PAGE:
Where Do You Put Your Faith?
- Jack Alexander Author
- 2017 25 Aug
As Christians, we are aware of specific things that are simply part of the faith. Most of us know the Bible calls us to tithe. We also probably know we should volunteer our time at a food bank or at our church. And one Sunday when our children are small, we dress them up and bring them to church because tradition dictates we should christen or dedicate them.
We act in obedience, but sometimes we are just hedging our bets against the things we know we can’t control. We check the boxes of what God “expects” and think, Surely that’s enough. In these uncertain times, God can’t ask for more than that. So we go back to our regular lives, with all the day-to-day stresses and unanswered questions about the future. We put our faith in what we can see—our bank accounts, our work ethic, our government, our families. We push aside the needs of others, thinking government services, disaster relief funds, and other people will solve those problems. We have too much on our plates already as we try to control everything around us, worrying about the future.
Like the disciples, we doubt what we cannot see. We fear what we cannot control.
And that’s just the way the enemy wants it. In the spiritual war that rages around us, fear is one of Satan’s greatest weapons. He uses fearful thinking to drive unbelief, creating a wedge between our human interpretations and God’s divine and holy provision. He dissuades us from sacrifice, whispering that God doesn’t really care about our day-to-day lives. He blocks us from receiving the fullness of God’s blessing by focusing our attention on other things—on idols.
One of my favorite verses is Jonah 2:8–9: “Those who cling to worthless idols turn away from God’s love for them. But I, with shouts of grateful praise, will sacrifice to you. What I have vowed I will make good.”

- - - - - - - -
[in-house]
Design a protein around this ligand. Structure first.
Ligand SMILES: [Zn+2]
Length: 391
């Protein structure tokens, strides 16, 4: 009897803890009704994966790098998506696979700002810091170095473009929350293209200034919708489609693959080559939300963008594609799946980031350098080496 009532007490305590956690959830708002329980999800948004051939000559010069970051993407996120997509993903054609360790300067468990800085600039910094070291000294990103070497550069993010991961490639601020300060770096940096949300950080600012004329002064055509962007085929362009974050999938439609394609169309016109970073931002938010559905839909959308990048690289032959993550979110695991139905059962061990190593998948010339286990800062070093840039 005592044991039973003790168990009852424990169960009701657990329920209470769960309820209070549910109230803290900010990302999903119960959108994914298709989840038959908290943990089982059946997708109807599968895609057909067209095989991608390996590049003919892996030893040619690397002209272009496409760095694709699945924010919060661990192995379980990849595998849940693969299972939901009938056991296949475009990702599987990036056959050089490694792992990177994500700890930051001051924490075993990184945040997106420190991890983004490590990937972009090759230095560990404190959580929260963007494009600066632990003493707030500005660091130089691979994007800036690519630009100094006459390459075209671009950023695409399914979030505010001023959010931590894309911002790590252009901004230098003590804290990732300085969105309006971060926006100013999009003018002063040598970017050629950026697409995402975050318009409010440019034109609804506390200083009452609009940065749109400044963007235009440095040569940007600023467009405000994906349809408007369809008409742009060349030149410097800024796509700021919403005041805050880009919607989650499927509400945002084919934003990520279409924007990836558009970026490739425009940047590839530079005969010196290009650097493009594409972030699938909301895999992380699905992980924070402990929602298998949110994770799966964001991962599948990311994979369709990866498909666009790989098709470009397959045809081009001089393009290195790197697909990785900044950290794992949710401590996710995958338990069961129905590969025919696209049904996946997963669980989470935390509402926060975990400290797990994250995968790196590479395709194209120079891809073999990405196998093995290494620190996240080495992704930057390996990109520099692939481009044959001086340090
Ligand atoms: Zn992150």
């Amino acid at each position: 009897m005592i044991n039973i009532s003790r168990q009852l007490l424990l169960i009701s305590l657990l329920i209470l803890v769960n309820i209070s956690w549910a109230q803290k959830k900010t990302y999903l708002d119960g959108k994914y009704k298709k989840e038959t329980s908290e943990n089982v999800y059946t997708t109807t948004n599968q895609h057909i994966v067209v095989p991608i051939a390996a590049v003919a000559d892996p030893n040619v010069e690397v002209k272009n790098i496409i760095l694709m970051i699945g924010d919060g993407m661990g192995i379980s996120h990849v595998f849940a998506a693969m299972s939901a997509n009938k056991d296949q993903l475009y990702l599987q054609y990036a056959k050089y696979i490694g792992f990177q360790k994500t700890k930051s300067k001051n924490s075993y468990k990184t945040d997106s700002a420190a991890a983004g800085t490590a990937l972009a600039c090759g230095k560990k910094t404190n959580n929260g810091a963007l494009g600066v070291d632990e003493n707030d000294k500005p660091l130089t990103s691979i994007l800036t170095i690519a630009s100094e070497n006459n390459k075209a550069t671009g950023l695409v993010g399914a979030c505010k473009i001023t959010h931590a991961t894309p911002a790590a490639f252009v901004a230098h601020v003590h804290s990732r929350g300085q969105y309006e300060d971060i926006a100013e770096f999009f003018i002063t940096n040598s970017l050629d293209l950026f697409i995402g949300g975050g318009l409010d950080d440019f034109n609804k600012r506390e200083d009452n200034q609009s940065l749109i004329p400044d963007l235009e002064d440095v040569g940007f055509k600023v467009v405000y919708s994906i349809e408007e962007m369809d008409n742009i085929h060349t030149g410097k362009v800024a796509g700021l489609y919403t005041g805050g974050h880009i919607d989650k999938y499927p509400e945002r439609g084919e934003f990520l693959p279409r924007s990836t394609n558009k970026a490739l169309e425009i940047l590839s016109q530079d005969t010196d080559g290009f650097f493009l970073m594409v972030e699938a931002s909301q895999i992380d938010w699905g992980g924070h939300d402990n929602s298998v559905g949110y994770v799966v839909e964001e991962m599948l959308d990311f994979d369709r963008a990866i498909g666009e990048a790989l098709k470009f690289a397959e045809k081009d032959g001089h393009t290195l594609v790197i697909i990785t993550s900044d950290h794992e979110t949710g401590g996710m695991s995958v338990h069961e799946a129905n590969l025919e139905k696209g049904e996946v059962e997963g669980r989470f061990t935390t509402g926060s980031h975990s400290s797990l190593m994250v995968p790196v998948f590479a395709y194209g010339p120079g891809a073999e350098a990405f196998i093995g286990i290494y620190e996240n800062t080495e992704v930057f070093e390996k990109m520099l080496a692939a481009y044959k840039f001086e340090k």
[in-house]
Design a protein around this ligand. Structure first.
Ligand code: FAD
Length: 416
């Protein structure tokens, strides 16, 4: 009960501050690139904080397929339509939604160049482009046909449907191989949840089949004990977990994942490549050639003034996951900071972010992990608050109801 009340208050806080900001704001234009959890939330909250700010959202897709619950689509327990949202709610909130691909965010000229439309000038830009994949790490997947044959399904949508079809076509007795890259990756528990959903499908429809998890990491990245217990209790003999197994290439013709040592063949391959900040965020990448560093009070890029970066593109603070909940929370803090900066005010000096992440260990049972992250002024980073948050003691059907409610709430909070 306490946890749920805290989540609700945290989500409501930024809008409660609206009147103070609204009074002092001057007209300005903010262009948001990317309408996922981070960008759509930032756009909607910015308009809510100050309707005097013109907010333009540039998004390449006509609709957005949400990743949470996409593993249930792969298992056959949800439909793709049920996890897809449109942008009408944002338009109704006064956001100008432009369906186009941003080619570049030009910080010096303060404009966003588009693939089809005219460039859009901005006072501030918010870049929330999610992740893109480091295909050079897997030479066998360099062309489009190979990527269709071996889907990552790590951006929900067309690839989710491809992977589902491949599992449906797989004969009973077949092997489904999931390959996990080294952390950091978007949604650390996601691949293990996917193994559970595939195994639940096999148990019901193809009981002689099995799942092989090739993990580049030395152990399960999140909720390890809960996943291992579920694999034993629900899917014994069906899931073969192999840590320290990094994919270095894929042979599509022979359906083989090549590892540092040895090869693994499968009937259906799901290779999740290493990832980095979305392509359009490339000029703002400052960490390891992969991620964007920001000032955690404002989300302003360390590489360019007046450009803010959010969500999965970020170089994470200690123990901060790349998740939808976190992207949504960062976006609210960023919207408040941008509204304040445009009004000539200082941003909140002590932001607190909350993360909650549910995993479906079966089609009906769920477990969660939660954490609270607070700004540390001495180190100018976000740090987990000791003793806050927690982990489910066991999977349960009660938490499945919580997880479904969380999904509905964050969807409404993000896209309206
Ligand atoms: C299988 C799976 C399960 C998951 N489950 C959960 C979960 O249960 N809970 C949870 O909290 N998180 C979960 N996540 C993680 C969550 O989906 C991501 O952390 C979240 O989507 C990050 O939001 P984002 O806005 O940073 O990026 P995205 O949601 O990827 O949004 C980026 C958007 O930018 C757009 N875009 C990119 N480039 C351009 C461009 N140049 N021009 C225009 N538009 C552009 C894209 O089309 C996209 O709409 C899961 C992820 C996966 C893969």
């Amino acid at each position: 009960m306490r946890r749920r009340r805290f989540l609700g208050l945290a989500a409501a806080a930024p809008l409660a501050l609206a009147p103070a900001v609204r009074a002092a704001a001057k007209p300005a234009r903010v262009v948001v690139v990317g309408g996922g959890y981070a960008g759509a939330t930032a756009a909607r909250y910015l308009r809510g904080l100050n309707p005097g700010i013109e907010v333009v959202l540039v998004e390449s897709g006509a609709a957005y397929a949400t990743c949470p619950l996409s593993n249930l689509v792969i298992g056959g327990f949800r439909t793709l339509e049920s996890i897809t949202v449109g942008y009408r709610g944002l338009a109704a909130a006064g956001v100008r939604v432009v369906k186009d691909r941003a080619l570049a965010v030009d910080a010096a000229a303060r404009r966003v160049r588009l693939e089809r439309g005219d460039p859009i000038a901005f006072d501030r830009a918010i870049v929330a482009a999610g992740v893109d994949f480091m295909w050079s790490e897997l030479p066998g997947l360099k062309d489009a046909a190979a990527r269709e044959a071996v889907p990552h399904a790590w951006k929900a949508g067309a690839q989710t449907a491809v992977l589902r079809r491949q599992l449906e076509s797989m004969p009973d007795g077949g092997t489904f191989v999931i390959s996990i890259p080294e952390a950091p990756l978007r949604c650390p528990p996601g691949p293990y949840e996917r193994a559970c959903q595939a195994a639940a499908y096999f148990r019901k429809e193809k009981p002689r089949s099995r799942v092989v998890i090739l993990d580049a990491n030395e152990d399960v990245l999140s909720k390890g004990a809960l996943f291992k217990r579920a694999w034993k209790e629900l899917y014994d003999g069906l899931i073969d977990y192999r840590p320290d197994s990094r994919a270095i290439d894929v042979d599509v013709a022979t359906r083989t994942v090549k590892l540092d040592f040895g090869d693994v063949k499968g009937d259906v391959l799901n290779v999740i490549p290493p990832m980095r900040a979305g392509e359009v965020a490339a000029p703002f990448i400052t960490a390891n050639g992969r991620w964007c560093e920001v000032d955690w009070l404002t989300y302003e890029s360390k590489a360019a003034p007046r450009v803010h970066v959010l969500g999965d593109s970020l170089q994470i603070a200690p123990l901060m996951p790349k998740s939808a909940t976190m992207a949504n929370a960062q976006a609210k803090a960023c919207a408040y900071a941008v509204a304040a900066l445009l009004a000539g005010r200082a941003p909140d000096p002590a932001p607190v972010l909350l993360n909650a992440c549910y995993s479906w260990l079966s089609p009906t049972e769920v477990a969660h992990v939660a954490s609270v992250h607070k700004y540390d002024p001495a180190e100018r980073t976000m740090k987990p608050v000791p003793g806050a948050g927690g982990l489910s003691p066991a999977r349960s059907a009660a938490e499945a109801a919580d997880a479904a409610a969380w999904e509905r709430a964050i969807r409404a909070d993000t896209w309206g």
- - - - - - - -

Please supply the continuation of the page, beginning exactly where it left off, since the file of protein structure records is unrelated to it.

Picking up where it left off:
This was a hard-learned lesson for the prophet Jonah, whom my mother used to quiz me about many years ago. God had called him to preach to the Assyrian people of Nineveh, longtime enemies of the Israelites. Jonah didn’t want to go. He tried to run away instead, jumping on a boat that was going anywhere except to the place where God had called him. But God sent a storm that tossed the boat and threatened the lives of everyone on board. Knowing this was his punishment, Jonah told the sailors to throw him overboard to save their own lives. They did, and a “huge fish” swallowed Jonah, saving his life but putting him in an uncomfortable position. After three days of surviving inside the fish, Jonah came to his senses and called out to the Lord for help.
When we put anything ahead of God in our hearts—even our own safety, as Jonah did—we turn our backs on God’s love and forfeit our place in his provision. Imagine choosing to forfeit “amazing grace” to cling to a false god. By surrendering these idols, we open up space in our lives to receive God’s mercy and grace.
Idols are the things we feel are too important to give to God. They are, even when we know better than to use the words, the things that are more important to us than God.